@vimlet/node-sync

1.0.0 • Public • Published

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Fork from original project with updated fibers dependencies to support newer Node releases.

Fibers:

If you are running 64-bit nodejs version 12.x or 14.x on Linux, OS X, or Windows (7 or later) then you should be able to install fibers from npm just fine. If you are running nodejs v10.x then you will need to use npm install fibers@4. Older versions of nodejs will require older and older version of fibers.

Introduction

node-sync is a simple library that allows you to call any asynchronous function in synchronous way. The main benefit is that it uses javascript-native design - Function.prototype.sync function, instead of heavy APIs which you'll need to learn. Also, asynchronous function which was called synchronously through node-sync doesn't blocks the whole process - it blocks only current thread!

It built on node-fibers library as a multithreading solution.

Examples

Simply call asynchronous function synchronously:

var Sync = require('sync');

function asyncFunction(a, b, callback) {
	process.nextTick(function(){
		callback(null, a + b);
	})
}

// Run in a fiber
Sync(function(){
	
	// Function.prototype.sync() interface is same as Function.prototype.call() - first argument is 'this' context
	var result = asyncFunction.sync(null, 2, 3);
	console.log(result); // 5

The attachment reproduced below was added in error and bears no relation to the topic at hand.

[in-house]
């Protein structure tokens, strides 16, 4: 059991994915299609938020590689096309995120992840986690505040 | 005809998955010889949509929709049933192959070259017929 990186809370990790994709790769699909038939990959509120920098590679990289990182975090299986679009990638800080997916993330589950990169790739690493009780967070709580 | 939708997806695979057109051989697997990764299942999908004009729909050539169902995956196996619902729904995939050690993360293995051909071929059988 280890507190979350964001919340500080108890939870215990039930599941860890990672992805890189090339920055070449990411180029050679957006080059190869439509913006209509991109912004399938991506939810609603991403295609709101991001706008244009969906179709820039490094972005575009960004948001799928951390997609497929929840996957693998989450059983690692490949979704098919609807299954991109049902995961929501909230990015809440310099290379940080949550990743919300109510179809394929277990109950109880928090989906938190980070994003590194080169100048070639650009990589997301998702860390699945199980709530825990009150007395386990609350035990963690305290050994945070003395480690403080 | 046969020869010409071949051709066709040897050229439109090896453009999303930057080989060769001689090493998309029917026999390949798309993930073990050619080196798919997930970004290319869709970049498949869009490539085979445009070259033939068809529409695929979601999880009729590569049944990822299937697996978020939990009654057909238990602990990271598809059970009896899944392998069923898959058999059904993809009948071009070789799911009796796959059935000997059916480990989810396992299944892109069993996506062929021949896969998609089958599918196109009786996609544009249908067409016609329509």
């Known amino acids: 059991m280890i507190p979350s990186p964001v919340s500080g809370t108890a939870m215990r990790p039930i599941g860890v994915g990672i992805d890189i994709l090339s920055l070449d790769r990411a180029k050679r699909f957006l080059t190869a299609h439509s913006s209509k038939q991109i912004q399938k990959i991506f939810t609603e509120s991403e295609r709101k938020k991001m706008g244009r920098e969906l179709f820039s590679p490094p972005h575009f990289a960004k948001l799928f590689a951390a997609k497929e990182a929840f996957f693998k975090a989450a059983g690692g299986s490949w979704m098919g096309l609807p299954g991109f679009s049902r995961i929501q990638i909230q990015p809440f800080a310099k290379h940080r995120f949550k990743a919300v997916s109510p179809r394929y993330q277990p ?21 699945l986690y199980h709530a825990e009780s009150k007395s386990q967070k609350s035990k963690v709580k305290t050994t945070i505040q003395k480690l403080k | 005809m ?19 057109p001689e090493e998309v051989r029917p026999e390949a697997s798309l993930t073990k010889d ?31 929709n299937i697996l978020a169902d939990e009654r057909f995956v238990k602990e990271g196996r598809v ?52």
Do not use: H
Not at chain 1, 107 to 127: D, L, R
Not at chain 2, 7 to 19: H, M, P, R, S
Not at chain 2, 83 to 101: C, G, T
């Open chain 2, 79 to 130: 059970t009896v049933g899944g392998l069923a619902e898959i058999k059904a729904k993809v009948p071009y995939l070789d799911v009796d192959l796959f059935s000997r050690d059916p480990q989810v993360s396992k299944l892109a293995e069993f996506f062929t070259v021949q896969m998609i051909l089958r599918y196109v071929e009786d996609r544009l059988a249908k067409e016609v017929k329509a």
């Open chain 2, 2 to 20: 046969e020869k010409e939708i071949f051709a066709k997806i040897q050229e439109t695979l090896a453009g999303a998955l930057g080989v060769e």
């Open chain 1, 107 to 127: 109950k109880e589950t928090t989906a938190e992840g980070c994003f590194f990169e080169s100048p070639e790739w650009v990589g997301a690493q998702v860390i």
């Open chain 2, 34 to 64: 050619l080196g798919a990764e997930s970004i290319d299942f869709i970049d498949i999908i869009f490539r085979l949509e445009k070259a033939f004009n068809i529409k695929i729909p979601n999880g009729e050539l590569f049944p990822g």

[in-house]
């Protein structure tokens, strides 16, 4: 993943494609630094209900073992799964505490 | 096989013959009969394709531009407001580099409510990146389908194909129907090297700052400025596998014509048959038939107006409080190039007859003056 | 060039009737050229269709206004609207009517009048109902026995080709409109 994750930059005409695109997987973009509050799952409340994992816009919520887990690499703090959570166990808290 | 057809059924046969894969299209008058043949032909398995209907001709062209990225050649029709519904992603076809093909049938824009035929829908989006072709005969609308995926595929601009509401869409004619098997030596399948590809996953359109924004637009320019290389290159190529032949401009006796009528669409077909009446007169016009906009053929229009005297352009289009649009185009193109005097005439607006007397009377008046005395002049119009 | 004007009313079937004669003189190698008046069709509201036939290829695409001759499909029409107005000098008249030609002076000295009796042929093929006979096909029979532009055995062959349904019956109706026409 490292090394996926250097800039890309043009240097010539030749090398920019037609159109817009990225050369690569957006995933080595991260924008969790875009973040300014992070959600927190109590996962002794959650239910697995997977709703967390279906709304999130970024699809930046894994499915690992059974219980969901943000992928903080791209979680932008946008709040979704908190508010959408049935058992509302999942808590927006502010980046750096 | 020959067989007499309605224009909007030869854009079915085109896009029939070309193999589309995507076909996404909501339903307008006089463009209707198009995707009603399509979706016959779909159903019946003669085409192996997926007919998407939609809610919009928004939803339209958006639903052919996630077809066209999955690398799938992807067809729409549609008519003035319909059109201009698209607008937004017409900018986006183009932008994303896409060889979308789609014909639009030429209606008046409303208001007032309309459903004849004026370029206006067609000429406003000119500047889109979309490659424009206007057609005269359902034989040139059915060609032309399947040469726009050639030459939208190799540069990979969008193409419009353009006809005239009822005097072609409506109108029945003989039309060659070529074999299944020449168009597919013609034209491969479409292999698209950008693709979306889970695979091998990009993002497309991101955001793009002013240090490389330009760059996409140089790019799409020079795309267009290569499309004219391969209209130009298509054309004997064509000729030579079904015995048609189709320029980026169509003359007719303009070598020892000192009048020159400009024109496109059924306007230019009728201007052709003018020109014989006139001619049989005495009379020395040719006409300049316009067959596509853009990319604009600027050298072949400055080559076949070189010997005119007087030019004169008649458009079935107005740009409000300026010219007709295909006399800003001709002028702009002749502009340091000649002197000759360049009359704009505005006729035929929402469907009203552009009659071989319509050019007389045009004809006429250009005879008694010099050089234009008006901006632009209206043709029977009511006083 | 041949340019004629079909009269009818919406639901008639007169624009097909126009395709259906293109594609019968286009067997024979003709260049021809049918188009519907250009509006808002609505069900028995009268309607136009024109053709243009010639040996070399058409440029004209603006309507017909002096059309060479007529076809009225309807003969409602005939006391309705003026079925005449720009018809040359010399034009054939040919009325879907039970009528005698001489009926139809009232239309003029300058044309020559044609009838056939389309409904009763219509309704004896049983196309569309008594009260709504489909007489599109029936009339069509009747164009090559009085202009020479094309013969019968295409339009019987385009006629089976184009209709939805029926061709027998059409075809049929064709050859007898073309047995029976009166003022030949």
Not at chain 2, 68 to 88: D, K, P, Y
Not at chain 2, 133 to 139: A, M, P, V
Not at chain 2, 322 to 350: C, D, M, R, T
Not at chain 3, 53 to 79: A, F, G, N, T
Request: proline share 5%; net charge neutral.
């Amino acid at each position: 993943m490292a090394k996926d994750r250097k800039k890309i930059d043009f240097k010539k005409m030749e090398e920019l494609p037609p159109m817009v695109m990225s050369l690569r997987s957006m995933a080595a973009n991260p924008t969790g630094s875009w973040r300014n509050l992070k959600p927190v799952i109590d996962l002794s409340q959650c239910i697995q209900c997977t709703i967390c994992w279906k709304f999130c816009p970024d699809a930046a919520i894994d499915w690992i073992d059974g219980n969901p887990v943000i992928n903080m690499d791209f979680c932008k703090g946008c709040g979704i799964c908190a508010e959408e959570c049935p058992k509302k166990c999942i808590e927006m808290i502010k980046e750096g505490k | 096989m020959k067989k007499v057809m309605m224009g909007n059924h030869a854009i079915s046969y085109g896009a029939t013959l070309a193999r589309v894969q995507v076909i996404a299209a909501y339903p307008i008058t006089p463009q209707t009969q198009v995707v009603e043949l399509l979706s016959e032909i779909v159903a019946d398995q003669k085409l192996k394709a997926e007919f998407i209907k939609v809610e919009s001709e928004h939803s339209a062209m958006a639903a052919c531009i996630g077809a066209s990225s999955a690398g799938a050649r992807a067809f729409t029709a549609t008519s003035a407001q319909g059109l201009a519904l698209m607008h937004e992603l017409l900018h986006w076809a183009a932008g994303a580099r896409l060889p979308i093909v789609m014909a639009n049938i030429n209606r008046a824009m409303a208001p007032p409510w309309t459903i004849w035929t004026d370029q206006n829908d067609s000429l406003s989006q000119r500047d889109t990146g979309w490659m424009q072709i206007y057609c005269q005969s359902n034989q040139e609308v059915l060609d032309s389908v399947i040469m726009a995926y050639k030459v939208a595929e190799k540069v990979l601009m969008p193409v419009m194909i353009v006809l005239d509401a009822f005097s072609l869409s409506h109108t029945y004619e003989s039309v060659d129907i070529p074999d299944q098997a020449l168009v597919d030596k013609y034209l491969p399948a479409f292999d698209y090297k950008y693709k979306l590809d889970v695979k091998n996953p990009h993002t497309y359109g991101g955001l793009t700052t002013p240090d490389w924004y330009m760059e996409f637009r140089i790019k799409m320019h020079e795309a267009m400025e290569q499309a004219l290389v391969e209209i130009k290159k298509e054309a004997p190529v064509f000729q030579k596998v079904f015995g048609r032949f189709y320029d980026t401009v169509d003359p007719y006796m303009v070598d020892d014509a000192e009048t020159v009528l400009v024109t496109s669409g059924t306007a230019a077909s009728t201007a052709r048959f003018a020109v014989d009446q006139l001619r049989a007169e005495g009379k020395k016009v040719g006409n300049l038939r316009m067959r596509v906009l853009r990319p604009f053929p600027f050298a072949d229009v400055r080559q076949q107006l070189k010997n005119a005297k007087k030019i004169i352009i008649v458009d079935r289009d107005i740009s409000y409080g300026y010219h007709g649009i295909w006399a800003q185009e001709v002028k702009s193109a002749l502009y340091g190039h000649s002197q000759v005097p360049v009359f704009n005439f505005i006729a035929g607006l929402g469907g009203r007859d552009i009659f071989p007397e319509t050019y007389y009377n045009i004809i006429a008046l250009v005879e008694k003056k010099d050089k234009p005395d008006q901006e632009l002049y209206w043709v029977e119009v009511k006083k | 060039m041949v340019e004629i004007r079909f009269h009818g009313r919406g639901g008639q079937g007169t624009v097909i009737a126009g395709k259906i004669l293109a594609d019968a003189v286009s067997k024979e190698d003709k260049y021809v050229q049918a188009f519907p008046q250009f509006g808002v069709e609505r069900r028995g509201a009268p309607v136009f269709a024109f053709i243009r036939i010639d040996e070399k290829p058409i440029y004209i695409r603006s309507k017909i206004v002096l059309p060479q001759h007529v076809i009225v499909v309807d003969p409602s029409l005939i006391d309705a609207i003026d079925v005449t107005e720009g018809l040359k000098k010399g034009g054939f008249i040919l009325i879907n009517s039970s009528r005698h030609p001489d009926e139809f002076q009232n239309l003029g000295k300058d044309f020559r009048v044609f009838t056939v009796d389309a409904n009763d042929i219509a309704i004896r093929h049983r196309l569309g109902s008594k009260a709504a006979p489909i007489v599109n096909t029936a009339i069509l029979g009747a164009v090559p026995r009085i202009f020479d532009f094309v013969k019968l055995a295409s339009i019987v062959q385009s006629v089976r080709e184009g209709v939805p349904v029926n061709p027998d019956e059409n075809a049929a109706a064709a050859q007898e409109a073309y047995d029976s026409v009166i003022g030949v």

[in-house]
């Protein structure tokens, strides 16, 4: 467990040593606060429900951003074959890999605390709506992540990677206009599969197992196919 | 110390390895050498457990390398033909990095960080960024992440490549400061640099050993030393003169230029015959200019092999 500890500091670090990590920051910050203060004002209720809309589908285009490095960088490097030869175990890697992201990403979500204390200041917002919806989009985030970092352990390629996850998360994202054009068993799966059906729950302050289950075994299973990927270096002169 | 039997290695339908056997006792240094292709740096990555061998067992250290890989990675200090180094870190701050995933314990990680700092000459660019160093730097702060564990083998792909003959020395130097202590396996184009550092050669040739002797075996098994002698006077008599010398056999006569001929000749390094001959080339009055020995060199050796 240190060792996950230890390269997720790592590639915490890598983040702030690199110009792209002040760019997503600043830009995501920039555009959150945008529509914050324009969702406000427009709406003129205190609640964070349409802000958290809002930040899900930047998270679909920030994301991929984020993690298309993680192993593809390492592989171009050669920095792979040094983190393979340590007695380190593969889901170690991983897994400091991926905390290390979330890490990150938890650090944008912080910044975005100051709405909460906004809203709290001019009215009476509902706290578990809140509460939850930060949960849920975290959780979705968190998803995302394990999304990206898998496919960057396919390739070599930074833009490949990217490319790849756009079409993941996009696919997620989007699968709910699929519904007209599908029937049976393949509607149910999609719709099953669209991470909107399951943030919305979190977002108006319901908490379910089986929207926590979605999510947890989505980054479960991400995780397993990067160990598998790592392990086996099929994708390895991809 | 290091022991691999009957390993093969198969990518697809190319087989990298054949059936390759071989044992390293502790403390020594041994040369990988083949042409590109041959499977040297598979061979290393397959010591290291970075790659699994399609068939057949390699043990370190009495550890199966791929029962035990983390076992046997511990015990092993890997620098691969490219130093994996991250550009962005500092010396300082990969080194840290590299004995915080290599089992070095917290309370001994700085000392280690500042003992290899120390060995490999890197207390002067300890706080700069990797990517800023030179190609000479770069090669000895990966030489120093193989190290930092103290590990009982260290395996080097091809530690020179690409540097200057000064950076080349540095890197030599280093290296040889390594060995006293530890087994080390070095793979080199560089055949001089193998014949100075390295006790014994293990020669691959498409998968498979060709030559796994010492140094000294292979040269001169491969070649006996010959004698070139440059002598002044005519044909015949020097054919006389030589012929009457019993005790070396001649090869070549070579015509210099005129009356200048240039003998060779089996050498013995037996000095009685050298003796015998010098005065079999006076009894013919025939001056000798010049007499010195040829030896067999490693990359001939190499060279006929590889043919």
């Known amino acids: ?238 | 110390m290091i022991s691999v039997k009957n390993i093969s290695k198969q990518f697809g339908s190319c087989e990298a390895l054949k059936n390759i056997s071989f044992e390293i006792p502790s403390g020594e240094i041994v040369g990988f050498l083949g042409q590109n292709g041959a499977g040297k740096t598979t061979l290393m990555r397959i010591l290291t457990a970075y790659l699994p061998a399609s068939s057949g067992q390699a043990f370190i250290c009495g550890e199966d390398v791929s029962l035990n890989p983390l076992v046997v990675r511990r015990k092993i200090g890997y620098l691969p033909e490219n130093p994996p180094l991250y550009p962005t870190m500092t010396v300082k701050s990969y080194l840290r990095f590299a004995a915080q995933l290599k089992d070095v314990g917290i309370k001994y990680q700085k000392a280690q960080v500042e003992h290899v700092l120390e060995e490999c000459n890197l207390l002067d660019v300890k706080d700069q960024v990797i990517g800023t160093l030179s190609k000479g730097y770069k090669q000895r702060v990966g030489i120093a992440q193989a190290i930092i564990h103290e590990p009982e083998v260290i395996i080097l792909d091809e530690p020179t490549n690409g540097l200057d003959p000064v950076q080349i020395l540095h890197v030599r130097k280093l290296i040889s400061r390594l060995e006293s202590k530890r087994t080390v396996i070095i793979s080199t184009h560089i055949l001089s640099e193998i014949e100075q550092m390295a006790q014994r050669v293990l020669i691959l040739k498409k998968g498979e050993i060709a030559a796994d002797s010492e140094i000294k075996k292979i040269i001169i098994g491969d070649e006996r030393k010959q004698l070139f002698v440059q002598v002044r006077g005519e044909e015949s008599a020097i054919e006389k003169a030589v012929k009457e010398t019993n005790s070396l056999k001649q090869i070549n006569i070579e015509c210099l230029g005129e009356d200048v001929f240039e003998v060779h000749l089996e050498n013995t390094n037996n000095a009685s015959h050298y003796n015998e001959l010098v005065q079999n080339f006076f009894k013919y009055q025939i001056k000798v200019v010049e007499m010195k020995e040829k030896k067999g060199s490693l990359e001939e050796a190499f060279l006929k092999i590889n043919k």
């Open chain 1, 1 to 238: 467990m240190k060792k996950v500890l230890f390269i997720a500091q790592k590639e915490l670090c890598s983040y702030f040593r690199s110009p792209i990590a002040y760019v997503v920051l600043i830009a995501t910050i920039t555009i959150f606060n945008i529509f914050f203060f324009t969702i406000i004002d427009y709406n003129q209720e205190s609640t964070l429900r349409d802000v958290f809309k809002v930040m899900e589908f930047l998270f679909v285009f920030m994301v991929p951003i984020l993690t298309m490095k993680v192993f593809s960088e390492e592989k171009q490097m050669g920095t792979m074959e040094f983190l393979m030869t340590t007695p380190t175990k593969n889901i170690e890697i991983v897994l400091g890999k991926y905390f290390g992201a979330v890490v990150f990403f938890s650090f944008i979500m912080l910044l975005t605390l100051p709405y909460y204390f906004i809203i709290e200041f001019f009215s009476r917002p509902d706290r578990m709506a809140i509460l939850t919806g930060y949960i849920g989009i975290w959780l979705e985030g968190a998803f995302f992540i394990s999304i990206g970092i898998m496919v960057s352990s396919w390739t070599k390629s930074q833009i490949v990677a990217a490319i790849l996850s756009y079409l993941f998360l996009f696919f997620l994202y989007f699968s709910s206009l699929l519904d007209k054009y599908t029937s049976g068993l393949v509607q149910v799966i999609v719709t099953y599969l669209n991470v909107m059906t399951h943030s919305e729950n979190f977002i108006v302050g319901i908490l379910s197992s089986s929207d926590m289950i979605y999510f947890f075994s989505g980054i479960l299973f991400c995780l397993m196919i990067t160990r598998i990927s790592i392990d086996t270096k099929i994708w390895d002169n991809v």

// Read file synchronously without blocking whole process? no problem
	var source = require('fs').readFile.sync(null, __filename);
    console.log(String(source)); // prints the source of this example itself
})

It throws exceptions!

var Sync = require('sync');

function asyncFunction(a, b, callback) {
	process.nextTick(function(){
		callback('something went wrong');
	})
}

// Run in a fiber
Sync(function(){

	try {
		var result = asyncFunction.sync(null, 2, 3);
	}
	catch (e) {
		console.error(e); // something went wrong
	}
})

// Or simply specify callback function for Sync fiber
// handy when you use Sync in asynchronous environment
Sync(function(){
	
	// The result will be passed to a Sync callback
	var result = asyncFunction.sync(null, 2, 3);
	return result;
	
}, function(err, result){ // <-- standard callback
	
	if (err) console.error(err); // something went wrong
	
	// The result which was returned from Sync body function
	console.log(result);
})

Transparent integration

var Sync = require('sync');

var MyNewFunctionThatUsesFibers = function(a, b) { // <-- no callback here
	
	// we can use yield here
	// yield();
	
	// or throw an exception!
	// throw new Error('something went wrong');
	
	// or even sleep
	// Sync.sleep(200);
	
	// or turn fs.readFile to non-blocking synchronous function
	// var source = require('fs').readFile.sync(null, __filename)
	
	return a + b; // just return a value
	
}.async() // <-- here we make this function friendly with async environment

// Classic asynchronous nodejs environment
var MyOldFashoinAppFunction = function() {
	
	// We just use our MyNewFunctionThatUsesFibers normally, in a callback-driven way
	MyNewFunctionThatUsesFibers(2, 3, function(err, result){
		
		// If MyNewFunctionThatUsesFibers will throw an exception, it will go here